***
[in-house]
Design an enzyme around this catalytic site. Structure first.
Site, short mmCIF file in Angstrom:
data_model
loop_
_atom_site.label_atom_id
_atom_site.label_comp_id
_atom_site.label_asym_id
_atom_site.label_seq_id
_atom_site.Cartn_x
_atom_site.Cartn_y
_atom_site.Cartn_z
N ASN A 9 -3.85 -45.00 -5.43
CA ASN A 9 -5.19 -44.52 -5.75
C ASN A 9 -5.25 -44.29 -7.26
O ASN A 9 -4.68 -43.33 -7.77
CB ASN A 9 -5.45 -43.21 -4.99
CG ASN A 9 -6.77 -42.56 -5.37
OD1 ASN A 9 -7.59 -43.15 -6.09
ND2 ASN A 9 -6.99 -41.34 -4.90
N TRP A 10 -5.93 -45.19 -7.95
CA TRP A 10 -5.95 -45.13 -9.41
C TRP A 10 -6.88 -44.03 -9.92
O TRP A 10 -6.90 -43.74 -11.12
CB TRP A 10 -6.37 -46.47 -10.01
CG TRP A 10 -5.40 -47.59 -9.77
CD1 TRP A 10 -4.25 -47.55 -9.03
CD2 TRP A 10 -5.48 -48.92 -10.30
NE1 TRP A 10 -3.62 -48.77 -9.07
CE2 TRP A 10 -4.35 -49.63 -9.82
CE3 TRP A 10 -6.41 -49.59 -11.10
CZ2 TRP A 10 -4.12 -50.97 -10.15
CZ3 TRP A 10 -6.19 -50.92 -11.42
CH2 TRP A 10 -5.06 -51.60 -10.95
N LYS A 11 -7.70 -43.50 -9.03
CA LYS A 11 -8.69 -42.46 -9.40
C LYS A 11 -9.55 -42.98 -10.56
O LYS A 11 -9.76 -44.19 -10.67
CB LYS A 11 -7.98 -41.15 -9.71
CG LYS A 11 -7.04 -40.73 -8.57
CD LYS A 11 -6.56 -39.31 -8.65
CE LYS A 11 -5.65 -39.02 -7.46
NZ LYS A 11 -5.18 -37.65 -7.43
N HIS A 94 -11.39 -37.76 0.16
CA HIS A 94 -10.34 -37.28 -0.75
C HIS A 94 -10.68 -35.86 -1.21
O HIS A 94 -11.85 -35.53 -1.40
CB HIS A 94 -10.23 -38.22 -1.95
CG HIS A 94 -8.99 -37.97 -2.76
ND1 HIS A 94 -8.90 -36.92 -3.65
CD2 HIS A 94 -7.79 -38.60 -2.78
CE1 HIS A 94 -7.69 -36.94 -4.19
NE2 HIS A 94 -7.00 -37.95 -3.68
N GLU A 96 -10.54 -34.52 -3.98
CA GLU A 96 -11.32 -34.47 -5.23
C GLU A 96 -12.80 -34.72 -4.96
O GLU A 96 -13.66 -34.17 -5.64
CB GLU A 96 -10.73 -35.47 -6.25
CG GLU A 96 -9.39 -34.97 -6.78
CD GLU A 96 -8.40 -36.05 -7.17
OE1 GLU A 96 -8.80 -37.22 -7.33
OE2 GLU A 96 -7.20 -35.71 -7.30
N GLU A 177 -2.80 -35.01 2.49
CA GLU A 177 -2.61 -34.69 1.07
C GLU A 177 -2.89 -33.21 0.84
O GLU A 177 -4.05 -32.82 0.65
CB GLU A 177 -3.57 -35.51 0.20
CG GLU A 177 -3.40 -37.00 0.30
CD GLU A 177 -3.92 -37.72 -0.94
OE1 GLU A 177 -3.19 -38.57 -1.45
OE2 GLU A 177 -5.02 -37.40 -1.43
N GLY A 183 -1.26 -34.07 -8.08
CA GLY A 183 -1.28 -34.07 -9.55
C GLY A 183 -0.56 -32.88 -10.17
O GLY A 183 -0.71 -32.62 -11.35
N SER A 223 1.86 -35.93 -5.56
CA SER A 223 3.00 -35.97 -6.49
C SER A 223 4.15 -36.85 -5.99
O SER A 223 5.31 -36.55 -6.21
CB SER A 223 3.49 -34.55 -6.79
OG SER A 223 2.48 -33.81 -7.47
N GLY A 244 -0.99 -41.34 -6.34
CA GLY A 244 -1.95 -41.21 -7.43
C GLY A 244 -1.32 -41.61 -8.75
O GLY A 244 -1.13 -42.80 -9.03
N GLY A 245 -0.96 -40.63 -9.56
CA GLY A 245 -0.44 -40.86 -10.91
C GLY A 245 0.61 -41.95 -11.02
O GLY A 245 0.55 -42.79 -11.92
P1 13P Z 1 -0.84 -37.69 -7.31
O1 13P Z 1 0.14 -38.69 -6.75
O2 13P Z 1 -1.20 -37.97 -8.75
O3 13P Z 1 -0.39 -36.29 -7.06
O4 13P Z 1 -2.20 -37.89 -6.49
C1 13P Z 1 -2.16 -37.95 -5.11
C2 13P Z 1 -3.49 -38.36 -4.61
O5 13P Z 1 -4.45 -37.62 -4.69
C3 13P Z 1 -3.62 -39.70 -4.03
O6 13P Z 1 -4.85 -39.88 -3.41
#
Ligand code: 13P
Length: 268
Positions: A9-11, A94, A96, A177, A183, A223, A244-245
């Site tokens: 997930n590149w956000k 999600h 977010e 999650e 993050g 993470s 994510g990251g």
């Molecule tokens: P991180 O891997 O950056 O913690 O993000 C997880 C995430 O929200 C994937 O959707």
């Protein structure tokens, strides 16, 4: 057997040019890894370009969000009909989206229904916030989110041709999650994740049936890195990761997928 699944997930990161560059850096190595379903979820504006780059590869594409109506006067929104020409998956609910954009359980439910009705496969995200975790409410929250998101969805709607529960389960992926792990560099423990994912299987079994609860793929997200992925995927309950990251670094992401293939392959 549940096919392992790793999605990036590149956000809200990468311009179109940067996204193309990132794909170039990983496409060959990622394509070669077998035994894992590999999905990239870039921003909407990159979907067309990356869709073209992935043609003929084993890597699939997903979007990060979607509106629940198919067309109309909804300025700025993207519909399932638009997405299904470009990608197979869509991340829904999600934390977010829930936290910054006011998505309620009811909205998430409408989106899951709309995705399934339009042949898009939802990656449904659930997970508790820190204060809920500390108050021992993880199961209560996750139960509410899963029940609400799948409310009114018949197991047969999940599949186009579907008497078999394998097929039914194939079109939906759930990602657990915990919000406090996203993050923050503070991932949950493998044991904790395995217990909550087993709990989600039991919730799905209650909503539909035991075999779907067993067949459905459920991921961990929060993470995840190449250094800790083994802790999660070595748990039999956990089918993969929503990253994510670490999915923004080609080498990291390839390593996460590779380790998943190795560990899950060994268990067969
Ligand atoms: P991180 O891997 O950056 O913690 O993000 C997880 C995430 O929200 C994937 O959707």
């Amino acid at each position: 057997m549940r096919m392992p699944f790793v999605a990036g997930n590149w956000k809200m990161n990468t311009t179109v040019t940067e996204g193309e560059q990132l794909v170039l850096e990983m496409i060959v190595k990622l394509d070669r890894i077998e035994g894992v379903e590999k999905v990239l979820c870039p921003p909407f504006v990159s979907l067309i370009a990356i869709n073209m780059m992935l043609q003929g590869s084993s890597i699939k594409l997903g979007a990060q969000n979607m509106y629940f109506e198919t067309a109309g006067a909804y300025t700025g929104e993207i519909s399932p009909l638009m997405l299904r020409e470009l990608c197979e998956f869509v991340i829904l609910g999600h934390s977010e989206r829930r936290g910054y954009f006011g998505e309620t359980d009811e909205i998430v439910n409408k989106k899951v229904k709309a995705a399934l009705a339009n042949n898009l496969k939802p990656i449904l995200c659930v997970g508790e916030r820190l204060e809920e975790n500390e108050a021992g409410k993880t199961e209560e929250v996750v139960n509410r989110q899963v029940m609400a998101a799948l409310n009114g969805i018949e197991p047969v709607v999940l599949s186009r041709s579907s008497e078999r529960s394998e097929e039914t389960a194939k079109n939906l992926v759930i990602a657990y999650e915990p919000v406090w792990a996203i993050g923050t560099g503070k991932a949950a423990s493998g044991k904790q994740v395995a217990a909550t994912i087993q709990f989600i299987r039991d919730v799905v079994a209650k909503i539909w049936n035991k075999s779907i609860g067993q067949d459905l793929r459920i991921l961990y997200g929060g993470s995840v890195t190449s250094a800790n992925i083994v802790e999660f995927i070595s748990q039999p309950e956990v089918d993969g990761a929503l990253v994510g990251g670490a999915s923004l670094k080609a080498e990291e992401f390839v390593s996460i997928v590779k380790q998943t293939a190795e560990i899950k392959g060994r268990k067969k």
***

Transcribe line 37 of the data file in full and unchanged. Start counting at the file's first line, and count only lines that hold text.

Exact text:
C LYS A 11 -9.55 -42.98 -10.56